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Is there an inherent Microsoft-Exclusive way of obtaining Windows 10 Activation keys from existing installations? Even if this is not necessary with Windows 10 specifically, I want to emphasize my interest in non-3rd-party ways of getting such keys from prior versions of Windows too.

Unnecessary Background Info:

I've upgraded numerous workstation to Windows 10 from Windows 7 and Windows 8.

I want to reinstall Windows 10 from scratch on one of these workstation, but I don't want to have to install windows 7 (or 8) first.

Before doing this, I'd like to obtain the activation key from the current installation of Windows 10.

In the past, I've always resorted to using 3rd Party software to obtain keys, but have never liked doing so.

Is there an inherent Microsoft-Exclusive way of obtaining Windows 10 Activation keys from existing installations?

marked as duplicate by Ramhound, Tetsujin, Xavierjazz, fixer1234, Raystafarian Dec 8 '15 at 19:44

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Windows 10 activation is granted from a license server. The license is always linked to the machine (more precisely: the motherboard). When Windows 10 is activated once on a dedicated PC, a machine identifier is stored on the license server. When you install Windows 10 again on that machine, it will connect the license server, find a valid license, and activate itself.

I want to reinstall Windows 10 from scratch on one of these workstation, but I don't want to have to install windows 7 (or 8) first.

Just install Windows 10. Since the machine in question already has an activated copy of Windows 10, it will automatically activate after you reinstall. When asked for the product key you can either skip that step or provide the original license key from Windows 7 or Windows 8 that you used.

Is there an inherent Microsoft-Exclusive way of obtaining Windows 10 Activation keys from existing installations?

If you upgraded from a previous installation of Windows there isn't an activation key that can be extracted. Here is Microsoft's official stance on the subject though:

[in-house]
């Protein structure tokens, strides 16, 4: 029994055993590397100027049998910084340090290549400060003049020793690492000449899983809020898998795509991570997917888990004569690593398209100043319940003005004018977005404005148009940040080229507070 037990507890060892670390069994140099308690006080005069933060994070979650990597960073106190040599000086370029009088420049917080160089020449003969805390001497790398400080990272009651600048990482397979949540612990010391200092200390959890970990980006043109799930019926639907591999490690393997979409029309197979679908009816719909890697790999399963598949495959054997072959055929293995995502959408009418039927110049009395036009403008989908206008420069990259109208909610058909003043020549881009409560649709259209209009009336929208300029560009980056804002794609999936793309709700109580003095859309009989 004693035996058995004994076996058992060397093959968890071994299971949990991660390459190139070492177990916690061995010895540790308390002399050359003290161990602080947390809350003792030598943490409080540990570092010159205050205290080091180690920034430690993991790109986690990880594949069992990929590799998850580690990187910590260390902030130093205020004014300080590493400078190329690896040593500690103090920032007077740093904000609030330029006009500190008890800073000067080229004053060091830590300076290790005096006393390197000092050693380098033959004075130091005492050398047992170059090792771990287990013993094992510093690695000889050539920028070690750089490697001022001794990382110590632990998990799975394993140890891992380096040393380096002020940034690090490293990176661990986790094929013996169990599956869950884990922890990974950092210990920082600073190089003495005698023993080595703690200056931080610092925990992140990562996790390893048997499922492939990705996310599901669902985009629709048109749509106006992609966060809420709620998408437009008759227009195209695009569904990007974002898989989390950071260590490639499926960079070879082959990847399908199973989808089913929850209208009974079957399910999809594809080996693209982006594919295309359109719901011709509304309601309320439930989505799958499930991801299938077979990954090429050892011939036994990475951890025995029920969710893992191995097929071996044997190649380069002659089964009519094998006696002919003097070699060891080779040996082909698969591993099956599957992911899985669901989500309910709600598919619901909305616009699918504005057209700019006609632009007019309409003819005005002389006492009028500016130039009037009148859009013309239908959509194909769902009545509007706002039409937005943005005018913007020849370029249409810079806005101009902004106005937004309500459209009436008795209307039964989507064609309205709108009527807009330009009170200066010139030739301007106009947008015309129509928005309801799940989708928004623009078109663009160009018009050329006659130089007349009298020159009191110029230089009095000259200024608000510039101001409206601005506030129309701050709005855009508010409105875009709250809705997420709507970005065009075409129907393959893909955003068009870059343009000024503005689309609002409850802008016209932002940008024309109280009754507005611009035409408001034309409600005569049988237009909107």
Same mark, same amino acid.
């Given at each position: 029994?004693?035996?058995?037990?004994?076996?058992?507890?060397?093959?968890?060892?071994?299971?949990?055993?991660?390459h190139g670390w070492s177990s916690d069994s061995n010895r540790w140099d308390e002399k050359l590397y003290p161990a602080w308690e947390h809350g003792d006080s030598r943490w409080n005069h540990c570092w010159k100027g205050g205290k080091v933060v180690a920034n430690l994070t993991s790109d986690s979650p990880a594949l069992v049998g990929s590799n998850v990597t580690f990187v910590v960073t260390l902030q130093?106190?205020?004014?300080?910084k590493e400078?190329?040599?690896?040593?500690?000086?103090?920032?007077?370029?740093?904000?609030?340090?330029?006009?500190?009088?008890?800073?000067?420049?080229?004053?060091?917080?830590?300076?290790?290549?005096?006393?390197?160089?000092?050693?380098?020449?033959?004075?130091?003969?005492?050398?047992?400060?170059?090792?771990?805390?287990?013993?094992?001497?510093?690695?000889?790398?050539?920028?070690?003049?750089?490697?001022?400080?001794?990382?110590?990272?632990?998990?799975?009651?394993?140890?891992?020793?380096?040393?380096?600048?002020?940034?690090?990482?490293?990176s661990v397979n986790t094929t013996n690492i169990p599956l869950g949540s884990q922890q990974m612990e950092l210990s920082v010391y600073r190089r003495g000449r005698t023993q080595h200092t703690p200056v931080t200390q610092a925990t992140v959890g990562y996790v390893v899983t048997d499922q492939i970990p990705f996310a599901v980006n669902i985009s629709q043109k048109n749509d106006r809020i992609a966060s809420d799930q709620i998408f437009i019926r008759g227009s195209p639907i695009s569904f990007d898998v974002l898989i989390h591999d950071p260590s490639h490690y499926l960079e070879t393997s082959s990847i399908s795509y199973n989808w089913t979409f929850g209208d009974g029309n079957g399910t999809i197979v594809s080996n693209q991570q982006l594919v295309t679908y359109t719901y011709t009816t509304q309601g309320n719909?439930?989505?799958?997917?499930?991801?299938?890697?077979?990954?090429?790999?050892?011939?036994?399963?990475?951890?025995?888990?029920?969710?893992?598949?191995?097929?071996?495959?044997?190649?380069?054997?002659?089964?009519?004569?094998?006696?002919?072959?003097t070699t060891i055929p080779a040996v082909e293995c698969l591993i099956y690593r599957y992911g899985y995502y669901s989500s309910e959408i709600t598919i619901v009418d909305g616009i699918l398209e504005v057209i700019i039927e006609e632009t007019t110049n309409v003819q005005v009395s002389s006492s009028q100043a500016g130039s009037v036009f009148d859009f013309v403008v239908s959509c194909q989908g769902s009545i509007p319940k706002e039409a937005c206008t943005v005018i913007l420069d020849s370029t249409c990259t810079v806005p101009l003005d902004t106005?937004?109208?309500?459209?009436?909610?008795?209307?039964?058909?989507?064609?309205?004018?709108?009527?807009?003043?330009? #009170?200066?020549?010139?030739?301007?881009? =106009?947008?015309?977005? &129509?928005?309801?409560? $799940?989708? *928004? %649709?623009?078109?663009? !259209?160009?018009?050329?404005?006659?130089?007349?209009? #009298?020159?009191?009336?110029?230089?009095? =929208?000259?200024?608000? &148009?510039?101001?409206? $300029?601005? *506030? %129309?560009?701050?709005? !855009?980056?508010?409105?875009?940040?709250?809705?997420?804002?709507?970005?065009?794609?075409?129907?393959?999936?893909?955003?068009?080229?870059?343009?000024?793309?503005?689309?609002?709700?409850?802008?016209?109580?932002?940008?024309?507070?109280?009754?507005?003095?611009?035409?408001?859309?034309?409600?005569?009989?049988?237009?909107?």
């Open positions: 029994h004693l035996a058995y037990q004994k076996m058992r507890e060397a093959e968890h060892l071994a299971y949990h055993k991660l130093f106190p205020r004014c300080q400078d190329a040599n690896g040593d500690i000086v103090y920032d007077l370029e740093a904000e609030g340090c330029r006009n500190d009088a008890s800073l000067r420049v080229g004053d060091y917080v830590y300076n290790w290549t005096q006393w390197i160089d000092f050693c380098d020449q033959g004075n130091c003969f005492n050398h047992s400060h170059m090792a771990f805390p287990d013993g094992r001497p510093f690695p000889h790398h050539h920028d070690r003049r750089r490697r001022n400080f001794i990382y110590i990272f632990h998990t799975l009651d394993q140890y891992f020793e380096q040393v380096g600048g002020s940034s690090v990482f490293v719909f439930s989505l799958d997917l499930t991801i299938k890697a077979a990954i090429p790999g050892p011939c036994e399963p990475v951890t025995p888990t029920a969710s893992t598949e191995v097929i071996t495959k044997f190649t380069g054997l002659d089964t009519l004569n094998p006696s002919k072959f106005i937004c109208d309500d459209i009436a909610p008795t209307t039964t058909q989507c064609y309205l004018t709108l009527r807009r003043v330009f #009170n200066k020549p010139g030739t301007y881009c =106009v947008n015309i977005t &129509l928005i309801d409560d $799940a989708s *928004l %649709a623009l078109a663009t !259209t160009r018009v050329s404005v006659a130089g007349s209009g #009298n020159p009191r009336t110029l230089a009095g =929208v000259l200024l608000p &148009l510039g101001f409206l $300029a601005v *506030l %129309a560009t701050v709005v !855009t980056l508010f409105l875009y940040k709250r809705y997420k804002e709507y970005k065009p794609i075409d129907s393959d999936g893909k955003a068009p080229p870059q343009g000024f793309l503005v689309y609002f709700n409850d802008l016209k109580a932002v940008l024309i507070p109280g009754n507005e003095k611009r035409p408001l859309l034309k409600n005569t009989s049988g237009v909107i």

Activation in Windows 10

Activation helps verify that your copy of Windows is genuine and hasn’t been used on more devices than the Microsoft Software License Terms allow. Depending on how you got your copy of Windows 10, activation will use either a digital entitlement or a 25-character product key.

Digital entitlement is a new method of activation in Windows 10 that doesn't require you to enter a product key.

The article continues with the following notice:

Starting with the November update, Windows 10 (Version 1511) can be activated using some Windows 7, Windows 8, and Windows 8.1 product keys. For more info, see the section Activating Windows 10 (Version 1511 or higher) using a Windows 7, Windows 8, or Windows 8.1 product key in this topic.

The following applies to the question's described situation:

How you got Windows 10:

  1. You upgraded to Windows 10 for free from an eligible device running a genuine copy of Windows 7 or Windows 8.1.

  2. You upgraded to Windows 10 (Version 1511 or higher) and activated it using a Windows 7, Windows 8, or Windows 8.1 product key.

Activation Method:

  1. Digital license (called a digital entitlement in Windows 10 Version 1511) is a method of activation in Windows 10 that doesn't require you to enter a product key.
    • (A digital entitlement will be given to your device for Windows 10 based on the valid product key you entered)

Windows 10 Activation

What this basically means is that any machine that has ever had an activated Windows 10 installation on it, will automatically activated upon future installations of Windows 10, even if a product key is not provided upon the installation of Windows 10. If installing onto a formatted drive there is of course no way to get the "upgrade" digital entitlement, but a valid key from an older Windows license will work instead.

It is worth making it clear that, Windows users who accept the free Windows 10 license, are not granted their own unique Windows 10 product key.

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